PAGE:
ESP32-Ethernet-Kit V1.0 Getting Started Guide


This guide shows how to get started with the ESP32-Ethernet-Kit development board and also provides information about its functionality and configuration options.

The ESP32-Ethernet-Kit is an Ethernet-to-Wi-Fi development board that enables Ethernet devices to be interconnected over Wi-Fi. At the same time, to provide more flexible power supply options, the ESP32-Ethernet-Kit also supports power over Ethernet (PoE).

What You Need

You can skip the introduction sections and go directly to Section Start Application Development.


ESP32-Ethernet-Kit is an ESP32-based development board produced by Espressif.

It consists of two development boards, the Ethernet board A and the PoE board B, The Ethernet board (A) contains Bluetooth / Wi-Fi dual-mode ESP32-WROVER-B module and IP101GRI, a Single Port 10/100 Fast Ethernet Transceiver (PHY). The PoE board (B) provides power over Ethernet functionality. The A board can work independently, without the board B installed.

ESP32-Ethernet-Kit V1.0

ESP32-Ethernet-Kit V1.0

For the application loading and monitoring the Ethernet board (A) also features FTDI FT2232HL chip - an advanced multi-interface USB bridge. This chip enables to use JTAG for direct debugging of ESP32 through the USB interface without a separate JTAG debugger.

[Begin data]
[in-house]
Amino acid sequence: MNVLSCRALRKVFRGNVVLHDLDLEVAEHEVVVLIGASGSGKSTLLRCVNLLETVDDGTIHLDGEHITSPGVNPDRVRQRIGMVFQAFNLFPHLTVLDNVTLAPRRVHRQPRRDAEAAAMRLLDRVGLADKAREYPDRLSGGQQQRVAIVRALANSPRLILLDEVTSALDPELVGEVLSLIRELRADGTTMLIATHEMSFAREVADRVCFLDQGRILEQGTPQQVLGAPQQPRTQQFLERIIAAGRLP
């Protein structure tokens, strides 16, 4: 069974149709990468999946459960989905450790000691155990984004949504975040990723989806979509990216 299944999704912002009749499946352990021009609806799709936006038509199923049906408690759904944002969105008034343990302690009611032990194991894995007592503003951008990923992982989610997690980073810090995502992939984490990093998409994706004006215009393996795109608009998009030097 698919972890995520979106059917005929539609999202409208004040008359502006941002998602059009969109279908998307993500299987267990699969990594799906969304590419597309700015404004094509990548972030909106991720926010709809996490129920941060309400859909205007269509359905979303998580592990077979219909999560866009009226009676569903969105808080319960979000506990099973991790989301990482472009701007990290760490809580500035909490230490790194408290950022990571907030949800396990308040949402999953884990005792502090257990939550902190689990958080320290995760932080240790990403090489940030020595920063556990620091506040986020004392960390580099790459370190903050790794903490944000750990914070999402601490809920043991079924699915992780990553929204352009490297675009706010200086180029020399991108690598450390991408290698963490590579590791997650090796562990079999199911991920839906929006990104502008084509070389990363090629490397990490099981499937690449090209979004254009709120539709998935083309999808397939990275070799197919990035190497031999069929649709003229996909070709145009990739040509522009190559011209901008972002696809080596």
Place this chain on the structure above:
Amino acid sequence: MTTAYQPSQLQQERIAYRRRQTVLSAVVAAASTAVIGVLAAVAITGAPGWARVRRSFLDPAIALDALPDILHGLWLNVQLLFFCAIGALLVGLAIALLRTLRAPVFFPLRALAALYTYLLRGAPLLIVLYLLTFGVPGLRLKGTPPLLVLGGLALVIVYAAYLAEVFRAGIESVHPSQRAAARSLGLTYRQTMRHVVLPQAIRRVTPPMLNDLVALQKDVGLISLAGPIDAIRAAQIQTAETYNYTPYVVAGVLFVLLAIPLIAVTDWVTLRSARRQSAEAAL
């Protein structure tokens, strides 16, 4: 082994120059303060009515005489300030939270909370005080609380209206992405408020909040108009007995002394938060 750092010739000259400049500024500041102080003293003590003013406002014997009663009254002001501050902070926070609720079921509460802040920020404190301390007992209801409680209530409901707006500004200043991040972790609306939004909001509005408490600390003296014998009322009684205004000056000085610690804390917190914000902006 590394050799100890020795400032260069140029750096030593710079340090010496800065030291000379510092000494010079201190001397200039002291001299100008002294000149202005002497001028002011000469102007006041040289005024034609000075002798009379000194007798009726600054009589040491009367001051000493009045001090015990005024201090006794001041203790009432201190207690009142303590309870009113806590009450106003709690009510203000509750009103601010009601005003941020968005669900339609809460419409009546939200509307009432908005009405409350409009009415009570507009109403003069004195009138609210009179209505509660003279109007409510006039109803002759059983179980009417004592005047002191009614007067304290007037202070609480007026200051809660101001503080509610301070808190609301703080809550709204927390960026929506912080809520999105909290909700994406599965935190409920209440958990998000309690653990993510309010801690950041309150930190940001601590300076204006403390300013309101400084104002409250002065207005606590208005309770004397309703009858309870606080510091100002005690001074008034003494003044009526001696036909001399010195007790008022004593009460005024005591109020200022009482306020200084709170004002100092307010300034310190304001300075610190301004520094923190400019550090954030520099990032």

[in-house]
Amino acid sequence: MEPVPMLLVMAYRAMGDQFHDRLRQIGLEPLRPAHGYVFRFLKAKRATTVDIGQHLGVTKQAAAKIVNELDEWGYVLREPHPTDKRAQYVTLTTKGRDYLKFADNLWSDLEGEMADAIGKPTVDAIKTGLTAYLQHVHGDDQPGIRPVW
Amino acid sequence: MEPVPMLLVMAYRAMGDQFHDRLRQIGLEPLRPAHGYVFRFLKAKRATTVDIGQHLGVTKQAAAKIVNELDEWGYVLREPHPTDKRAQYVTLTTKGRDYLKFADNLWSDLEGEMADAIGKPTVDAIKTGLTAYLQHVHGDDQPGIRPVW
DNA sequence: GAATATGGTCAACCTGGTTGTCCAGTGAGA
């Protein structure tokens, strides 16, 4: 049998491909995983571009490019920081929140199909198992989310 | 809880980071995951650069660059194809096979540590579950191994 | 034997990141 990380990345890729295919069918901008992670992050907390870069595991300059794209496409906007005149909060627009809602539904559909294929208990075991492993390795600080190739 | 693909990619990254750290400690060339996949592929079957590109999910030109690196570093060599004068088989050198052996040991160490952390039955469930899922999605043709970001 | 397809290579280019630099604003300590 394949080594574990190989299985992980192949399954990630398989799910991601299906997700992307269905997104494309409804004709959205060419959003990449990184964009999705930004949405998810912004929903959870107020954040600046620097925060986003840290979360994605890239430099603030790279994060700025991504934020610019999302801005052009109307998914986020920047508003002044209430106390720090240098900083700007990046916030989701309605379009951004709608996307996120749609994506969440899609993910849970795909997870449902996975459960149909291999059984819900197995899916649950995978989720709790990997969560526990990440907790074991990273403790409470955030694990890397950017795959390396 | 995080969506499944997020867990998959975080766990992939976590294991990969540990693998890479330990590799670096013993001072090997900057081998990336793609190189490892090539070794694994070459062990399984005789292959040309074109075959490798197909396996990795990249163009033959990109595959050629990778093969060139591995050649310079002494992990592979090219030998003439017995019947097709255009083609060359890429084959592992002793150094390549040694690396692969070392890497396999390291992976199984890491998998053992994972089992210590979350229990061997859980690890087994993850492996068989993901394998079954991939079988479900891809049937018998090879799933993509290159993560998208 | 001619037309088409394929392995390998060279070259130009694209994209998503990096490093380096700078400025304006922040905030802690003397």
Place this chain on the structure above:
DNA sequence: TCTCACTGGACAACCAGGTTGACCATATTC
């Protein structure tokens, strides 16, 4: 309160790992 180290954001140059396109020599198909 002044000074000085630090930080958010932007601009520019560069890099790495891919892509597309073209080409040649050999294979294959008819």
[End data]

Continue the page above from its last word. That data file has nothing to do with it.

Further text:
Functionality Overview

The block diagram below shows the main components of ESP32-Ethernet-Kit and their interconnections.

ESP32-Ethernet-Kit block diagram (click to enlarge)

ESP32-Ethernet-Kit block diagram (click to enlarge)

Functional Description

The following two figures and tables describe the key components, interfaces, and controls of the ESP32-Ethernet-Kit.

Ethernet Board (A)

ESP32-Ethernet-Kit - Ethernet board (A) layout

ESP32-Ethernet-Kit - Ethernet board (A) layout (click to enlarge)

The table below provides description starting from the picture’s top right corner and going clockwise.

Key Component Description
ESP32-WROVER-B This ESP32 module features 64-Mbit PSRAM for flexible extended storage and data processing capabilities.
GPIO Header 2 Five unpopulated through-hole solder pads to provide access to selected GPIOs of ESP32. For details, see GPIO Header 2.